What is peracetic acid? The alternative disinfectant is a clear, organic peroxide compound that readily hydrolyzes to acetic acid and hydrogen peroxide in water. It’s characterized as a strong oxidant and fast reacting disinfectant. Commercially available peracetic (CH3CO3H) is purchased in an equilibrium mixture of acetic acid (H3CO2H), hydrogen peroxide (H2O2), and water (H2O). Manufacturers typically add a stabilizer as well. The following formula represents the equilibrium equation: CH3CO2H + H2O2 ←→ CH3CO3H + H2O.

PAA can generally be purchased in concentrations of 5% to 22%. When PAA decomposes in water, free hydrogen peroxyl (HO2) and hydroxyl (OH) radicals are formed. These radicals have significant oxidizing capacity that play an active role in microbial disinfection. According to the EPA, bacteria are destroyed through cell wall lysis and leakage of any cellular constituents.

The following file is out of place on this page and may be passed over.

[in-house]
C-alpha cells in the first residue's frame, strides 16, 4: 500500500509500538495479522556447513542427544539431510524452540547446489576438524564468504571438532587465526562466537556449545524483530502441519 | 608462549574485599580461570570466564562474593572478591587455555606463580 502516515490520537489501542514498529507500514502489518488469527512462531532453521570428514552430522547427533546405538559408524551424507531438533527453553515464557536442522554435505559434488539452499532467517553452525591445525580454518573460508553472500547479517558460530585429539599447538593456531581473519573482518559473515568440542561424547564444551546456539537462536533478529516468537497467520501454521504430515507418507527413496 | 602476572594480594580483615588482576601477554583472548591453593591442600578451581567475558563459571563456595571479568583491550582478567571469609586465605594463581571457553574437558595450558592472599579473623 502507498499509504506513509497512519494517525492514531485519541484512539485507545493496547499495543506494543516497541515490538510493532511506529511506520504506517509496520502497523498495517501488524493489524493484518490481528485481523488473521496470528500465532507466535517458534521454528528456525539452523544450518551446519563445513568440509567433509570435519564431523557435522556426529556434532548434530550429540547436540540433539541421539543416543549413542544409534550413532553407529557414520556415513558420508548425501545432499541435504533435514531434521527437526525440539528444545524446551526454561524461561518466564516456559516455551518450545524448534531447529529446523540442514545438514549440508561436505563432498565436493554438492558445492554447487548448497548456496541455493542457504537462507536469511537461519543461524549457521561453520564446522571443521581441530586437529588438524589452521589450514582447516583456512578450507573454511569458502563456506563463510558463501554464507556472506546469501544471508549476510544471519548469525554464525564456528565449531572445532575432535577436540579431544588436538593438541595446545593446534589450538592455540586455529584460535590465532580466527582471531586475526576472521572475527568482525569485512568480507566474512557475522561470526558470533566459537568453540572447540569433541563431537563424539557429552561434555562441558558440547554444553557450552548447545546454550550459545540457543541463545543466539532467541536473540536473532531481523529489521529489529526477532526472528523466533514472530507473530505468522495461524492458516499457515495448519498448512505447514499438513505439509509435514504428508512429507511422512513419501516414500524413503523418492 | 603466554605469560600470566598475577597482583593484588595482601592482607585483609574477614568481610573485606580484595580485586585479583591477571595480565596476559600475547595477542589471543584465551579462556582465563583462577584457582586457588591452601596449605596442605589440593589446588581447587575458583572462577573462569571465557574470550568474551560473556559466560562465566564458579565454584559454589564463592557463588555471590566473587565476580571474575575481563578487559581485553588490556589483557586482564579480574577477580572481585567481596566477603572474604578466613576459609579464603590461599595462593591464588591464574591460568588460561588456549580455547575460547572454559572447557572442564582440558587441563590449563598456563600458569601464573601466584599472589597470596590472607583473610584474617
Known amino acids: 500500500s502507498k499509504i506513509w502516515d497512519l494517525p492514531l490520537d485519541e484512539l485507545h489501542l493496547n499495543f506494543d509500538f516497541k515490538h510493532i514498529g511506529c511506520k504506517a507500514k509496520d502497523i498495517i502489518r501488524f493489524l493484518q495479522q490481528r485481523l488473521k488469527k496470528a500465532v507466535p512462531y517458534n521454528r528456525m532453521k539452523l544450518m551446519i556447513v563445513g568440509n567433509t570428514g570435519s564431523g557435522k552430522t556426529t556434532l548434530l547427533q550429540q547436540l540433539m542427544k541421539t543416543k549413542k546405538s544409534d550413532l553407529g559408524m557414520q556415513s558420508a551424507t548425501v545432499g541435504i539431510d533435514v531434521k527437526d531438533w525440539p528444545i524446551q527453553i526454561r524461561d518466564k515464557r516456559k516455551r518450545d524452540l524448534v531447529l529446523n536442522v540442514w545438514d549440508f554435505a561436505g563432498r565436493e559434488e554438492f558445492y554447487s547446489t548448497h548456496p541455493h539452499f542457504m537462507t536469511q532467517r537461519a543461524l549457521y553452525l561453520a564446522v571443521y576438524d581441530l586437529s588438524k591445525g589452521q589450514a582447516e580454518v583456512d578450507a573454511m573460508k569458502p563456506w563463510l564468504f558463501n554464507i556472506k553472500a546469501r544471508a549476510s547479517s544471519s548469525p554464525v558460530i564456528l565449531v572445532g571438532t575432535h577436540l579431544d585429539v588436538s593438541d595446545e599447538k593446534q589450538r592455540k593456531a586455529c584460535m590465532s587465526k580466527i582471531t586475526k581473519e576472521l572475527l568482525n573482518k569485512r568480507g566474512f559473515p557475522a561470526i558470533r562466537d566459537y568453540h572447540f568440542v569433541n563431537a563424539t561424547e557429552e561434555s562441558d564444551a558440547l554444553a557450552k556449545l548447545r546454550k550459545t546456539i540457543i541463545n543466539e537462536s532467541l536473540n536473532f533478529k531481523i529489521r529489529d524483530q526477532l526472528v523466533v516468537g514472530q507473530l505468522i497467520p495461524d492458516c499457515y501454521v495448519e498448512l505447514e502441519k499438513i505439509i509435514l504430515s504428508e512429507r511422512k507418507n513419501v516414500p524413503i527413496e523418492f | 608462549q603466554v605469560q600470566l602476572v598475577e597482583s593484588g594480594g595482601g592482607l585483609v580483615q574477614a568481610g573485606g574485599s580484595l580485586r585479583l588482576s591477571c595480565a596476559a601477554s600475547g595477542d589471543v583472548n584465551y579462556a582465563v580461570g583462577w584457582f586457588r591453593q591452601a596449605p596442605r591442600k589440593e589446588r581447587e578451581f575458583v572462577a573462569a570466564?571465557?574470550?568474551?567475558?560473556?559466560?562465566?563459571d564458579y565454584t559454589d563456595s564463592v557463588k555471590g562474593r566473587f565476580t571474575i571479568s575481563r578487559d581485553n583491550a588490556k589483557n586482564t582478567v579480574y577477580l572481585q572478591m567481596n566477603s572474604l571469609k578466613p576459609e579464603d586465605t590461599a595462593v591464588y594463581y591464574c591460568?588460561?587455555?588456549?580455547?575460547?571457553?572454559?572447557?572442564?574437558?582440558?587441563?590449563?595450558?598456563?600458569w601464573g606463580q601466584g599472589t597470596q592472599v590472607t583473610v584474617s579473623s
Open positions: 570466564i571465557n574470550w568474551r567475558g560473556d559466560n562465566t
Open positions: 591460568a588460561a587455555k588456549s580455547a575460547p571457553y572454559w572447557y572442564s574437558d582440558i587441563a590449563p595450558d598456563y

Wastewater systems consider moving to peracetic acid for several reasons. Unlike chlorine, PPA decomposes into biodegradable residuals of vinegar (acetic acid) and hydrogen peroxide that can pass fish toxicity tests without removal. These residuals are not toxic, mutagenic, or carcinogenic. Bioaccumulation in aquatic organisms is also highly unlikely. Neither chlorinated compounds nor harmful disinfection by-products (DBPs) are produced with its use. As such, PAA has been considered the potential answer to tough DBP regulations. Peracetic acid can also disinfect over a wide range of pH and is unaffected by nitrate and ammonia concentrations.